It’s not a struggle; it’s your purpose…

I got this quote in an email this morning –

The struggle, like life itself, should be joyful. (Miriam Miranda)

From the same email – Miriam Miranda has dedicated her life to protecting the culture and land of the Garífuna people in Honduras. Throughout her 30 years of on-the-ground activism, she has faced threats, attacks, and imprisonment; still, she fearlessly advocates for preservation. To her, the harshest opponents — big business, real estate, and tourism development, to name but a few — are no match for the power of a woman fighting for a bright, sustainable future, and a better social safety net for the younger generation. Her continued efforts are nothing if not optimistic — and even, as her words here suggest, a joyful struggle.

The word “struggle” has negative connotations which makes it hard for me at least to associate with the word joy. If one is poor and homeless life itself becomes a struggle. We see on the nightly news the immigrants at our southern border struggling just to survive, most after having struggled for months just to get here. Most of us, however, are not struggling just to survive. Our struggle (our purpose, if you will) is most often based on some personal decisions that we make to take actions to better ourselves or the lives of others (quite often our families).

Quite often on the nightly news we see stories of people, some quite young, who have embarked on a mission to help others. They may have made it their purpose to collect coats for the cold or food for the hungry or toys for needy children at Christmas. Some may be providing shelter for the homeless in their area or perhaps a safe haven for victims of domestic abuse. Those stories on the news might often cause you to stop and think about what you might do or maybe think about what you are not doing. It is easy to become overwhelmed by the thoughts of how big of a task doing something like what was covered in the story would be to take on. We “struggle” to think of a purpose or mission that we could tackle.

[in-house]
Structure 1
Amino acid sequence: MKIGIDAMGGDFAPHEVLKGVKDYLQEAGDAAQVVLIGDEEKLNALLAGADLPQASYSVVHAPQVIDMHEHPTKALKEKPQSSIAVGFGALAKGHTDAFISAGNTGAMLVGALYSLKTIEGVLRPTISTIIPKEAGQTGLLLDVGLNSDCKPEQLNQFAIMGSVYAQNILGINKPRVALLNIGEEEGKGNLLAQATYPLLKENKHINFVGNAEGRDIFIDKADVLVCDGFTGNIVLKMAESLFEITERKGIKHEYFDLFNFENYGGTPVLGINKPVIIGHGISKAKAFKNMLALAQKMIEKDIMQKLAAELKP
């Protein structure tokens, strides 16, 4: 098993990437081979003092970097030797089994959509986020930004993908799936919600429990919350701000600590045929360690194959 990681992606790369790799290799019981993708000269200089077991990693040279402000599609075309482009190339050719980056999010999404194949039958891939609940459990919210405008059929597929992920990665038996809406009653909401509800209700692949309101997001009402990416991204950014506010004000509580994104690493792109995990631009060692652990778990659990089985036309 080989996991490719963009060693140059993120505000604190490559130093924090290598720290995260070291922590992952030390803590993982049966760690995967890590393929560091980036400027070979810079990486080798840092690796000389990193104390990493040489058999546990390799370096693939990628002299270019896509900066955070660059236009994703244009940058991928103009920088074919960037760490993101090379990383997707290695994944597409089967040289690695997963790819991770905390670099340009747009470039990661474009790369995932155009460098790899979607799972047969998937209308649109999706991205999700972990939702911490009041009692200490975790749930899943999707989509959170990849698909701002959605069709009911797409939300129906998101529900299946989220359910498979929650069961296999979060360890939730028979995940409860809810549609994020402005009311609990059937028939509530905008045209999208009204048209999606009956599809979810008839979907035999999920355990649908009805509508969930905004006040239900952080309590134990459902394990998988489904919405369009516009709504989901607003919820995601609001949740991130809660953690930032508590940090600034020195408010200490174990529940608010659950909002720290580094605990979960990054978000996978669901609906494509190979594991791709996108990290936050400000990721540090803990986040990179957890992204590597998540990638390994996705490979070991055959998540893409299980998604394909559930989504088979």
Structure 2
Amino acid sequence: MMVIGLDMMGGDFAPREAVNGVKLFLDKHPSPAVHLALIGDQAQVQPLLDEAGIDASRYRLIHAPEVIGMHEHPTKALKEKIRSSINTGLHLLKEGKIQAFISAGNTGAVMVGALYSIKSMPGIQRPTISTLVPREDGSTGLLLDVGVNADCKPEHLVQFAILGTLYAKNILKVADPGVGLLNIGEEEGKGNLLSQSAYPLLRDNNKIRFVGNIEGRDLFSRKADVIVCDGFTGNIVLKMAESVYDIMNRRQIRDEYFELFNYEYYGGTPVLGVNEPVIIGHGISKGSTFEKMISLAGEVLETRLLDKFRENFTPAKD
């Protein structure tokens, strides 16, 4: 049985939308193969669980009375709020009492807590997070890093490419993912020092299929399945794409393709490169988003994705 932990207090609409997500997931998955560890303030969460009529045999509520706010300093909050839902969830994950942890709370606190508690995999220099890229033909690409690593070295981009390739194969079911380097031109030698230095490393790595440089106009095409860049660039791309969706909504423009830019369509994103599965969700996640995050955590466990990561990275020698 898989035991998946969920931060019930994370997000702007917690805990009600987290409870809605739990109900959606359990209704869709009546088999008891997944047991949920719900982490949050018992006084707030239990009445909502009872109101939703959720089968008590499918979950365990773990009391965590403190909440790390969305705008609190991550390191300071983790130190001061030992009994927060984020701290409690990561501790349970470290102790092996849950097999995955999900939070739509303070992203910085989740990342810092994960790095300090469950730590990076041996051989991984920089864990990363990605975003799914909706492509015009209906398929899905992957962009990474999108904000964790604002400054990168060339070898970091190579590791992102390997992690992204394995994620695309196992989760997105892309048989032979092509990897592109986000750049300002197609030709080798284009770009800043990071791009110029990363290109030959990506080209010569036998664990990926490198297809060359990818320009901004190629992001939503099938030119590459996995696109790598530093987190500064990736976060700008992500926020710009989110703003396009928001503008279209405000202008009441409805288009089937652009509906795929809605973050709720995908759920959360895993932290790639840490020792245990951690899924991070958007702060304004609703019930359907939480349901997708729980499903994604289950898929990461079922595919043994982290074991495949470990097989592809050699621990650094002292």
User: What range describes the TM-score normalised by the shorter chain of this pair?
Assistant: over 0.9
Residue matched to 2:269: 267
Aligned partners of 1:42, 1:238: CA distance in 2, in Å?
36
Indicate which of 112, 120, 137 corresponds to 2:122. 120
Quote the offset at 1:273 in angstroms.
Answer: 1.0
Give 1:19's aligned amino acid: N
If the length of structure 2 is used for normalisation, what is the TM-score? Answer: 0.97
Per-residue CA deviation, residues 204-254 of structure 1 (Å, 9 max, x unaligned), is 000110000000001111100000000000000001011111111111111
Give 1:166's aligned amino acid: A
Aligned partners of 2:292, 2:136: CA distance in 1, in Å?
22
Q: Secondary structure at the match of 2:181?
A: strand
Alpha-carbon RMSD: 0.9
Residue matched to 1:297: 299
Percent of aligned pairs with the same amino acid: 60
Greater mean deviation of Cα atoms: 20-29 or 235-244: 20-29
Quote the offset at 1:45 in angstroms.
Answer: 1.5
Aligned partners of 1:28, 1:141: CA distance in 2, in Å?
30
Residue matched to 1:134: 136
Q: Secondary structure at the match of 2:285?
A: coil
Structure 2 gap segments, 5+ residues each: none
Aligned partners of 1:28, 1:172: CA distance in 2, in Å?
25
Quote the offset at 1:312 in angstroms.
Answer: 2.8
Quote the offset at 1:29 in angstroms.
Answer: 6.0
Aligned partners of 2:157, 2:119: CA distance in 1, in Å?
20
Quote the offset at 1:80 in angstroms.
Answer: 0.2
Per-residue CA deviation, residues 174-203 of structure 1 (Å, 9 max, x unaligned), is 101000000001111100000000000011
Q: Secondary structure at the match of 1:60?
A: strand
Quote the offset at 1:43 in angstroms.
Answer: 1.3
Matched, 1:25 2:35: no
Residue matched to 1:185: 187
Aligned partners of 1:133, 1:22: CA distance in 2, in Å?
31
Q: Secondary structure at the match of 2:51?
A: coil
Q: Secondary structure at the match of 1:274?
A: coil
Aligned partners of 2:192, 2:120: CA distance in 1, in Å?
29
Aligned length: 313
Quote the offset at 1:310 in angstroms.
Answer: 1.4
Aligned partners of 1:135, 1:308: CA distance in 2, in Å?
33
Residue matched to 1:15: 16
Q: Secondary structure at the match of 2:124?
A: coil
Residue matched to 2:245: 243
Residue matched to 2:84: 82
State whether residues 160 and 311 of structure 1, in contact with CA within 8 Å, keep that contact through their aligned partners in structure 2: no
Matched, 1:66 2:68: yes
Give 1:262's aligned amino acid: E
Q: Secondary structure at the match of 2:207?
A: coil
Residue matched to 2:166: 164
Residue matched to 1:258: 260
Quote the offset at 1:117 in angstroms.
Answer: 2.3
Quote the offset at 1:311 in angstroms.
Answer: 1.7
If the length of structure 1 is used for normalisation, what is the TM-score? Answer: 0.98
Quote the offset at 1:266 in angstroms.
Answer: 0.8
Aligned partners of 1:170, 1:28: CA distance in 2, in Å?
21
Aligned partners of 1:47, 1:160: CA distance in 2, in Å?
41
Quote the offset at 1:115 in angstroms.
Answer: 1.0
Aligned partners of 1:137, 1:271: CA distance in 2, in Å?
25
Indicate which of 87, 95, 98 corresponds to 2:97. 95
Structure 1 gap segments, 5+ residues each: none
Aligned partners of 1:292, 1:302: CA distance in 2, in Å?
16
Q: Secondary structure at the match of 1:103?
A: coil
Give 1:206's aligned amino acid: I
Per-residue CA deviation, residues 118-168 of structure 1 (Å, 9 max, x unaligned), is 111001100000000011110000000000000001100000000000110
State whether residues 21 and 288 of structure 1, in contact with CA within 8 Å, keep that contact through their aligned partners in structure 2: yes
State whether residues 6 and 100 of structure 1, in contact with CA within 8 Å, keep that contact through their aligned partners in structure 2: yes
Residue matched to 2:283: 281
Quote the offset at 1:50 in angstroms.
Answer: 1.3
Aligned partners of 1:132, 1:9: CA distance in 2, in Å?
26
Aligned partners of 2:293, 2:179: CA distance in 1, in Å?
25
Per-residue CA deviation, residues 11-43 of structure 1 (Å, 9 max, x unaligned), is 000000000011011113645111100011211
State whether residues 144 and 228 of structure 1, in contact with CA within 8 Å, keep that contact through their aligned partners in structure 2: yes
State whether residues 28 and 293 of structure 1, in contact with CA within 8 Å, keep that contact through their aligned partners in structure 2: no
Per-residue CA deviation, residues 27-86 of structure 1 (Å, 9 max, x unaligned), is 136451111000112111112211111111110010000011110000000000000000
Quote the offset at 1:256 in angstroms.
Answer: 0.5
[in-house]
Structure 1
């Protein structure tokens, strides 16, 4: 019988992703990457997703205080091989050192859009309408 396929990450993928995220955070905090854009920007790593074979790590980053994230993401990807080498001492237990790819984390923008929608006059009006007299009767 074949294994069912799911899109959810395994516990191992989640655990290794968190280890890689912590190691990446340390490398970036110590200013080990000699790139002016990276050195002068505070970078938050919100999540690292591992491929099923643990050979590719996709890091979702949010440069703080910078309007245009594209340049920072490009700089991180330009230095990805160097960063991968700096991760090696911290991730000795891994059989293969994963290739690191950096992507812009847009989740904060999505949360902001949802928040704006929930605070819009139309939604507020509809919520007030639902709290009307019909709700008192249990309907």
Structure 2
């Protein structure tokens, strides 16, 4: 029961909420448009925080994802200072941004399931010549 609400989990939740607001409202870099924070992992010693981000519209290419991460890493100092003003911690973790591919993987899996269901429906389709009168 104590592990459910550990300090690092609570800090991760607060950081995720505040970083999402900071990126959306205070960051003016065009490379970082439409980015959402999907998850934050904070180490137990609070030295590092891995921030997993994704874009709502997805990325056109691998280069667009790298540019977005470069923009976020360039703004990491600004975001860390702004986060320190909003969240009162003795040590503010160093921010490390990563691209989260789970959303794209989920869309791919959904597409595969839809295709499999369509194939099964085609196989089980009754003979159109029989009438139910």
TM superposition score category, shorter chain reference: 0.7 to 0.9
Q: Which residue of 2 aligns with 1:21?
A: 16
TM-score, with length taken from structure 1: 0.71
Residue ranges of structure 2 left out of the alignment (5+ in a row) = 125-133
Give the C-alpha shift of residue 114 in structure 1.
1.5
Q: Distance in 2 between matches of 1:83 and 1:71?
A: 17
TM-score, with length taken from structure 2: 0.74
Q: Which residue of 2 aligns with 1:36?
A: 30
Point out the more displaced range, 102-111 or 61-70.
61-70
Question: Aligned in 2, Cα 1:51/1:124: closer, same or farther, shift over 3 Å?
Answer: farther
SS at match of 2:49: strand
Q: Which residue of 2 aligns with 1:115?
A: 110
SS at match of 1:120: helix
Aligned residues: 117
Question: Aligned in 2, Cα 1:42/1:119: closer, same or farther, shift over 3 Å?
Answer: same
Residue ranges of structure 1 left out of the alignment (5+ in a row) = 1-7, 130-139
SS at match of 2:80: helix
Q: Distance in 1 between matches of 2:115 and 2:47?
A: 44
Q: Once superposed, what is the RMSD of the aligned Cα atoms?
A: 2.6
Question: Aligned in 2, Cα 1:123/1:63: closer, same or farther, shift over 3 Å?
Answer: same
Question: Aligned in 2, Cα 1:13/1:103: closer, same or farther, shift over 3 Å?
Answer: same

The truth is that we don’t need to embark on some “holy grail” quest or mission. If you have the time and/or resources to take on something like forming and operating a charitable non-profit, more power to you and good luck; however, few have that luxury. Instead, look about you for already established non-profits in your community and volunteer at one or more of them. There are food pantries and homeless shelters and many other very worthwhile organizations in almost every community – most hiding in plain sight. If you go to a church, find out the things that your church is doing to help in the community and join in the efforts. You will find a sense of mission, purpose, and joy from joining any of those efforts.

 If putting yourself out there in a volunteer community service role is not for you, maybe just taking on the task of being a better person will provide you with the challenge (purpose) that you need to find joy in life. Making a mindful decision to be a better person gives you something to shoot for each morning and something to evaluate and be joyfully proud of each night. Even if you find little to be happy about at the end of any day, that evaluation provides you with even more incentive to do better tomorrow.  Forgive yourself for today’s failures and resolve to do better tomorrow. If today’s failures were caused by the actions of someone else, forgive them and learn from the experience. You will get another chance to do better tomorrow, and you will be wiser then.

Seeing life or the issues that you face as a struggle is a negative way to look at things. If instead you accept the challenge of overcoming the setbacks or obstacles that may come your way as part of your mission and purpose in life, then you will be able to pause and celebrate (be joyful) when you have met those challenges. You will have fulfilled your purpose.

It’s not a struggle; it’s your purpose…

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